Friday, November 7, 2014


“I would have written a shorter letter, but I did not have the time.”
-- Blaise Pascal

Loving a good pun, this headline taking an opportunity to abbreviate “Twitter”– a veritable art form in condensed expression, sometimes – was too self-gratifying to resist.

Most contemporary writers know:  the irony of editing is that reducing word count once the “actual writing” is barfed out can be much harder work.  Revision can be so painstaking as to paralyze us outright.  What research to remove, what scenes to sacrifice, what action to abbreviate?  Down in the forests with our trusty butter knives, chasing dragons, it can get harder and harder to see the trees.

Beta readers, of course, are a wonderful thing.  The great and inimitable Leila Gaskin (herself an expert on dragons) nearly got kissed, once, when she simply told me to jettison sixty pages.  She’d been afraid to say it, but the instinct correct – AND shucking like that is a pretty easy job, compared to line-by-line word-shaving and migraine-by-migraine character analysis, scene analysis, structural retrofitting after deletions of same (lawzy, ask me how long it took to get rid of Clovis’ older sister, an historical figure by the way, who added nothing but bulk to our story!).  In revision, continuity can become a pernicious problem!

In microcosm, a lot of Twitter users – especially amongst my writer friends, I know – suffer pangs of a similar sort, getting everything into 140 characters.  I have witnessed that same Leila, sweating out a Tweet or three, sitting in panels at #JRW and sharing wisdom with the world.  Watching the process of paring but preserving voice and conveying a point was not merely entertaining, it was instructive.  I’ve felt that pain.  I’ve REHEARSED Tweets – not because I’m that anal-retentive, but because I know exactly how I want something said, and the limitations on my loquatiousness.

“That awkward moment when you exceed 140 and have to choose which grammar crime to commit.”

Those limitations on my loquatiousness are damned useful little beasts, though.  They keep you alert as hell, and, over the course of a couple years or so relearning how to communicate in microblog form (“Must! Leave! Room! For the BLOG LINK!”) illuminates for analytic eyes a new perspective.  And I still use the two-spaces-after-a-period system in most of my Tweets.  … Most …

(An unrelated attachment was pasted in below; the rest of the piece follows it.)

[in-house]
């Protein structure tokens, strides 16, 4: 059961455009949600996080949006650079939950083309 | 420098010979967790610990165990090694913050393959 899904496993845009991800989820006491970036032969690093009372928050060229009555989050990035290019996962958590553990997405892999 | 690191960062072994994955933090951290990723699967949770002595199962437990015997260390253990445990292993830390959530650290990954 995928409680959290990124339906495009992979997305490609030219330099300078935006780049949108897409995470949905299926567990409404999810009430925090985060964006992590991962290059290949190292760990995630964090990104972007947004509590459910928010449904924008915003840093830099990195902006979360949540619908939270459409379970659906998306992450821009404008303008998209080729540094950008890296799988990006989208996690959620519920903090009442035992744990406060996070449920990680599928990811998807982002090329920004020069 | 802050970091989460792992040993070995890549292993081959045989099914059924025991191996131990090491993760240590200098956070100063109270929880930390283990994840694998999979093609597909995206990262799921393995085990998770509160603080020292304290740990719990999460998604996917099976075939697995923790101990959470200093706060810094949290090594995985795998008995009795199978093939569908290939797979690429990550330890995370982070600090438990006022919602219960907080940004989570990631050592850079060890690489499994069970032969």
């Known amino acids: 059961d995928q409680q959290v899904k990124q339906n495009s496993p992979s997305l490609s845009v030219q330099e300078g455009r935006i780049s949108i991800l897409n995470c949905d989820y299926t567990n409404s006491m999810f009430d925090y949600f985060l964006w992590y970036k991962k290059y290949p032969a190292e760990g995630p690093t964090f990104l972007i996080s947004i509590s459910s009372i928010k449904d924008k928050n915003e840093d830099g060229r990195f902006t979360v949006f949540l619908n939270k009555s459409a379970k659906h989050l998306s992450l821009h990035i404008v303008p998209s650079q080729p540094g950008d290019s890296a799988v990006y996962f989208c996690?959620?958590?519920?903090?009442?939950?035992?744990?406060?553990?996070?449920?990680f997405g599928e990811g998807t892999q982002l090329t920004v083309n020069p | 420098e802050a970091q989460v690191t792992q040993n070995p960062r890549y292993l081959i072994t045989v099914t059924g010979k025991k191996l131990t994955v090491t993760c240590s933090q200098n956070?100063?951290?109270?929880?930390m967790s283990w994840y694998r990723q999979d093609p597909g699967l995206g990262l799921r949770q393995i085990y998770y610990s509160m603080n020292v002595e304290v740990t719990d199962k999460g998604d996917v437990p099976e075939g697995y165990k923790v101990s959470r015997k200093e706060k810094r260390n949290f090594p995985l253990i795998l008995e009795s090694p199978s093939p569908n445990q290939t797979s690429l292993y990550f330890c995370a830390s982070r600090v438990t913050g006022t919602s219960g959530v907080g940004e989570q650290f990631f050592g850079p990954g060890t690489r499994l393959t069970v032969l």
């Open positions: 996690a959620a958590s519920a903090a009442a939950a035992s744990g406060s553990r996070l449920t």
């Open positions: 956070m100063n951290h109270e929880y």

Before I ever joined – and I only did so out of some curiosity about the medium, much-touted as one outlet to reach out to people as an author – I tended to stand with those snobs who pooh-pooh Twitter, under the idea that nothing worthwhile can possibly be shared in a 140-character entry.  The name itself hardly dispels this notion, evoking nothing but the confused, crowded noise of a flock of birds, and onomotopoeically silly to boot.  Much as I do with “secretary”, I intentionally call myself a Twit when mentioning my usage, because that’s what it sounds like the population should be called, for layered reasons.

It didn’t take me long, though, to come to appreciate both my friends there and the medium itself.  It forces my yapping-puppy mode of communcation into a harness, a discipline I’ve come to appreciate.  And it also affords me lines of communication with people who are almost universally intelligent and interesting.  I jump in and chat with men and women both sharing my interests and ideas, and exposing me to new ones.  Life there isn’t too hard to keep troll-free, and with the standard that anything I say online I would be willing to allow my mother or my nieces to read, I don’t think I’m too hard on anyone else, either.

The brevity of Twitter, too, means that even as your timeline rushes by – which, even with only about 700 followers, and following over 800 myself, provides quite the dizzying rush of links, observations, rallying cries, and incredibly funny posts and retweets – and conversations don’t get much bogged down.  I once live-tweeted Highlander with a couple of pals, we had a good time, then it was over – and you can do much the same with television and so on.  In much the same way I work crosswords with my mother over the phone, sharing entertainment virtually can be diverting, particularly when your IRL companionship is snuggly and furry, but still sub-verbal.

Twitter has provided moral support and encouragement under the #AmWriting, #AmEditing, and #AmQuerying hashtags more than once, and the occasional insight into the way I write.  This is no advertisement nor exhortation to join; just an observation, because all this interests me, and anything that changes or even develops my use of our language does too.

Do you belong?  (Let’s find each other there!)  Have you found it crystallizes in your own eyes the way you express things and share them?

I’d have written a shorter post … but that is for Twitter.

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